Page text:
If you're seeing this message, it means we're having trouble loading external resources on our website.

If you're behind a web filter, please make sure that the domains *.kastatic.org and *.kasandbox.org are unblocked.

Forms & features of quadratic functions

Different forms of quadratic functions reveal different features of those functions. Here, Sal rewrites f(x)=x²-5x+6 in factored form to reveal its zeros and in vertex form to reveal its vertex. Created by Sal Khan.

Want to join the conversation?

• The vertex from what I have understood from the video is the lowest point in a parabola. But what does the roots imply?
• The roots are the x-intercepts, where the parabola crosses the x-axis. If the parabola opens up and it's vertex is below the x-axis then it crosses the x-axis in two places and has two (real) roots. If the vertex is on the x-axis then the parabola has one root. If the vertex is above the x-axis (and the parabola opens up) then that parabola has no real roots... it still has roots, but they are complex numbers.
• Good question!
The word `quadratic` refers to the degree of a polynomial such as x² - 4x + 3
To be quadratic, the highest power of any term must be 2 (the x is squared). If there is `no equals sign`, but it has a quadratic term, then it is a `quadratic expression`.
x² - x - 5 is a `quadratic expression.`
So are the following:
a² + 8a - 6
g² - 16
If there is an equals sign, we call it a `quadratic equation`.
An example is
x² - 4x + 3 = 0
Another example of `quadratic equation` is
16t² - 8t = 3
and,
x = y²
and
1 + 4/5x - x² = 0
If we are defining how two variables are related, we can be talking about a `function`. There are limits on what we can call a function, though, because there has to be one unique value for the dependent variable for any value of the independent variable in order to be a function.
y = x² - 8x + 15 is a `quadratic function` that describes every point on a parabola
f(x) = x² - 4x + 3 is also a `quadratic function` that describes every point on another parabola
The next `quadratic equation` looks similar, but is not a quadratic function: it is not a function at all, in fact.
x = y² - 8y - 20
It describes a parabola that is lying on its side on a coordinate grid, but most values of x for this parabola that have any value at all will have two different values of y, so it cannot be a function. It would still be classified as a `quadratic equation`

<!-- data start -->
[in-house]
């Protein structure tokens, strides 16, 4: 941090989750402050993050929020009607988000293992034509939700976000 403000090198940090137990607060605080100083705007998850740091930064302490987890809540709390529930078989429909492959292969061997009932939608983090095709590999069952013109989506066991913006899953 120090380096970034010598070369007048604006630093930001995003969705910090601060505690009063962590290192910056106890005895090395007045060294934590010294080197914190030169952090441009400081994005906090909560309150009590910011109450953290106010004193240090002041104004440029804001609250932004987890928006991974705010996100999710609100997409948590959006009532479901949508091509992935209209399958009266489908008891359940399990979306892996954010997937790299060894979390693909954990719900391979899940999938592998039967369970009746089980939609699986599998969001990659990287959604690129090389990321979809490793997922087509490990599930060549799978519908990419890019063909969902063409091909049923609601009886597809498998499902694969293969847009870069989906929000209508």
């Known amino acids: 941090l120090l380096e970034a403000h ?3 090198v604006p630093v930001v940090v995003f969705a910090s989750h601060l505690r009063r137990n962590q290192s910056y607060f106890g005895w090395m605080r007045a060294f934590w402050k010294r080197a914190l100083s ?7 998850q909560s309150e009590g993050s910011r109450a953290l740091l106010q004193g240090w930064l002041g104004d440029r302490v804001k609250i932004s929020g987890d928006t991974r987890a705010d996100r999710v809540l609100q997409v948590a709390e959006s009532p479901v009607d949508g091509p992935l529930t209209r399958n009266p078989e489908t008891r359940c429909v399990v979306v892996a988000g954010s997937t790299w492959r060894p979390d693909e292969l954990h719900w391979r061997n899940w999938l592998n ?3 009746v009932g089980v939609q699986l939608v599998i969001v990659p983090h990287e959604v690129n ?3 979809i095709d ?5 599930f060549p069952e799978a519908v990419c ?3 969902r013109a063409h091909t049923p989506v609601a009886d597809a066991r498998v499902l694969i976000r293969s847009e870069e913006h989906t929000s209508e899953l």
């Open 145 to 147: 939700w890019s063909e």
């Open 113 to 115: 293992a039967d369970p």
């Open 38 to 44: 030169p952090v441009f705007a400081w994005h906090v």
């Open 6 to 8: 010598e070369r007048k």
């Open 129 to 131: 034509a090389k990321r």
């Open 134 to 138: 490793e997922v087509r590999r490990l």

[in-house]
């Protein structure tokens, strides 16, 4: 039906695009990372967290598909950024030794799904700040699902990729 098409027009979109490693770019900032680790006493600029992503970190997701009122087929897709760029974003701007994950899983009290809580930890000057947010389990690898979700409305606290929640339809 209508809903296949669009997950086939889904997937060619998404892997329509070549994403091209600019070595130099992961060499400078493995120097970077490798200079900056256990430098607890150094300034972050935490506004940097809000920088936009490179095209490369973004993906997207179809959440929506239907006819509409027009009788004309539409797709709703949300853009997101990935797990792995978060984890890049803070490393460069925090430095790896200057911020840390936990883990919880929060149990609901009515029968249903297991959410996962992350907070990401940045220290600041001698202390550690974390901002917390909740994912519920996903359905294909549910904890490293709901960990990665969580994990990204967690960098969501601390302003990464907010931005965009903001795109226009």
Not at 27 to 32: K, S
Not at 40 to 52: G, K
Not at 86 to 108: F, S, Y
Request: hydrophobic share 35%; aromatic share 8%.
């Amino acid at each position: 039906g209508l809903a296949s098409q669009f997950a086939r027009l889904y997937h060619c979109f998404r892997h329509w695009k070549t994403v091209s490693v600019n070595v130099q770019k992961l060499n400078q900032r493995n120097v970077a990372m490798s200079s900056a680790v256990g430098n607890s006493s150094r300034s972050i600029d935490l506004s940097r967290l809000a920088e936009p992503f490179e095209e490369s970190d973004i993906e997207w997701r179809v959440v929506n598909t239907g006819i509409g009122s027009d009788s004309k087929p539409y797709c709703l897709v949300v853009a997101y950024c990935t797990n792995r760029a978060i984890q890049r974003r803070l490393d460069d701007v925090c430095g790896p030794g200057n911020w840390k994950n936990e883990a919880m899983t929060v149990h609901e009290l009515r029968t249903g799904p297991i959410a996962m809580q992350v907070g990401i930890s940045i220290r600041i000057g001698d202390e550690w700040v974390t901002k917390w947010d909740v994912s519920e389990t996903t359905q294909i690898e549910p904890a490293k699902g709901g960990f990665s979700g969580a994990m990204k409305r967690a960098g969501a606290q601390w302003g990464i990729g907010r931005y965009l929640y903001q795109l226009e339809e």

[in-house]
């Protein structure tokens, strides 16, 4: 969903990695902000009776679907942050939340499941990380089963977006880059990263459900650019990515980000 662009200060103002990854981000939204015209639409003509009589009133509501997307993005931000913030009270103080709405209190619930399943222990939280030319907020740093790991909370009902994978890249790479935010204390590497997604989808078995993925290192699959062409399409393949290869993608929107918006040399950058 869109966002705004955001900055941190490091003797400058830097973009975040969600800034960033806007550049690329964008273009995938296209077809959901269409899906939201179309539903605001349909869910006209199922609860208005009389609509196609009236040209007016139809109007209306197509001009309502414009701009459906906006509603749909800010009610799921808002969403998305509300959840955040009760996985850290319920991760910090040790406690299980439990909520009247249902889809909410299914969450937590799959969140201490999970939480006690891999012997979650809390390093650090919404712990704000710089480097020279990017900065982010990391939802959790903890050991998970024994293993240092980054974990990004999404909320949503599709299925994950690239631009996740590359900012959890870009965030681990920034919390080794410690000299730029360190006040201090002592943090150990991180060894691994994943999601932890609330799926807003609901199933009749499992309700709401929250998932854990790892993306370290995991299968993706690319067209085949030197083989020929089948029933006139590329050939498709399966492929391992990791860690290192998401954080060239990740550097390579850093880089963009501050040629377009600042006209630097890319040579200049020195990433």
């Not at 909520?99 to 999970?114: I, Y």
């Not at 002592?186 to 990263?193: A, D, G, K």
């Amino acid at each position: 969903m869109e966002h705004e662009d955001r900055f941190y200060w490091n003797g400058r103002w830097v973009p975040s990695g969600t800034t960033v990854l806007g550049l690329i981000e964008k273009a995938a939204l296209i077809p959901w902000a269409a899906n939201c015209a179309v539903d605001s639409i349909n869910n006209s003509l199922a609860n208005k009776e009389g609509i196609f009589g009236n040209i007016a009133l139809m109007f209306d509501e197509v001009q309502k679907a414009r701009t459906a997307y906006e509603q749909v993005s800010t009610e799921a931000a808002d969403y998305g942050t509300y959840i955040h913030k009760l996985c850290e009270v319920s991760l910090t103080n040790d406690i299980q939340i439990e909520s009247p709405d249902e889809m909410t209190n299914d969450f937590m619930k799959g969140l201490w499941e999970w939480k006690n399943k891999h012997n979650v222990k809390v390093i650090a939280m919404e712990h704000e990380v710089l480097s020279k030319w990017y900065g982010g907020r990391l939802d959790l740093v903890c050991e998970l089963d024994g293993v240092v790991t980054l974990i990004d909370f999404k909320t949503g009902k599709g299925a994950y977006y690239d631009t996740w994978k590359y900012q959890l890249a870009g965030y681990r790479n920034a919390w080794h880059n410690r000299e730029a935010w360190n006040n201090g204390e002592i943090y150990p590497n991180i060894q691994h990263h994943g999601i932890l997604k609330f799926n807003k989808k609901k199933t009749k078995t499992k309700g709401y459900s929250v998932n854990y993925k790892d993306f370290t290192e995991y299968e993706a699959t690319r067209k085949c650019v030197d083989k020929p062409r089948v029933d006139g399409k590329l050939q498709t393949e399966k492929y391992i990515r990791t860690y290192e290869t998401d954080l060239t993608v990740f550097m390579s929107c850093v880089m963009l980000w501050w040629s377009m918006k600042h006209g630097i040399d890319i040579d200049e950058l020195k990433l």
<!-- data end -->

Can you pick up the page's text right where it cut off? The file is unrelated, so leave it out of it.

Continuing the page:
• Is there a easy trick for knowing if whether a parabola is a mininum or a maxinum?
• If you look at the first term before the parenthesis, there would be a number. If its negative, it has a maximum. If its positive, then it has a minimum.
• I obtained the vertex by solving the original equation over the average of the roots of x and got the same value - this is to say that I added the roots and divided by 2 then used the result as x. Is this a legitimate way to find the vertex for all cases? Does anyone know why this works?
• Yes, since a parabola is symmetric about the line of symmetry, you can find it by finding the mid point of the two zeros; however, unless you also need to find the roots for some other reason, it is certainly not the most efficient way to find the vertex.
• I have a quadratic equation that I cannot figure out.
y=-x^2-4x-3
I know the parabola points downward because a is a negative, but I cannot seem to find the axis of symmetry and the vertex. I have the y-intercept, -3.
I keep getting 2 for the axis and -7 for the vertex. None of these answers fit on the graph. Could someone explain this to me, please? Thank you.
• Hi apandafamily. You are correct that the y-intercept is -3. However, the rest of your solution is incorrect so let's take a look at how to solve this. First, I like to factor out the negative sign so I can more easily find the roots and minimize errors in my calculation. Let's rewrite our equation.
y=-x²-4x-3 then becomes y=-(x²+4x+3). Now when we factor, this becomes
y=-(x+3)(x+1). Therefore, the roots are 0=-(x+1) so x=-1 and 0=-(x+3) so x=-3. Now take a look at the roots on a number line. The axis of symmetry will have to lie between -3 and -1 so it will be -2. If you substitute -2 into either the original equation or even our modified equation, y=-1*(x²+4x+3), you'll get y=-1*((-2)²+4*(-2)+3)=-1*(4-8+3)=-1*-1=1.
So in summary, the roots of the polynomial are x=-1 and x=-3 with the vertex at (-2,1).
• Is there a formula for finding the vertex of a parabola? Is there a video on that topic?
• Cannot we get the vertex by taking the average of x intercepts? *like 3+2/2=5/2(same answer shown in the video 5/2)* and the minimum value by plugging in 5/2 to the equation ?which is also gonna give -1/4
i think we can 🤔
• Yes, you're absolutely right that you can. Sometimes though, using complete the square would be faster. And it's good to know why we have vertex form(to know the vertex!)
Factored form: Best for x-intercepts
Vertex form: Best for vertex
Standard form & quadratic formula: Can work out y-intercept
Though you can absolutely work out everything just using one form, it's good to be versatile and choose the fastest or easiest way :)
• Why is y = f(x) and not x = f(x)?
• f(x) is read as f of x, and it means what is the value of the function at x, this is the y value, so y=f(x).
• Can someone explain to me what Sal just did? I'm so confused.
• Basically a quadratic function can be rewritten in various forms.

1. f(x) = ax² + bx + c

We can determine the sum and product of the roots of x easily.
Sum = -b / a
Product = c / a

2. f(x) = a(x - b)(x - c)

We can determine the roots of x easily.
x = b or x = c

3. f(x) = a(x - b)² + c

We can determine the vertex easily.
Vertex: (b, c)

TIP: You can determine the concavity by looking at the sign of a.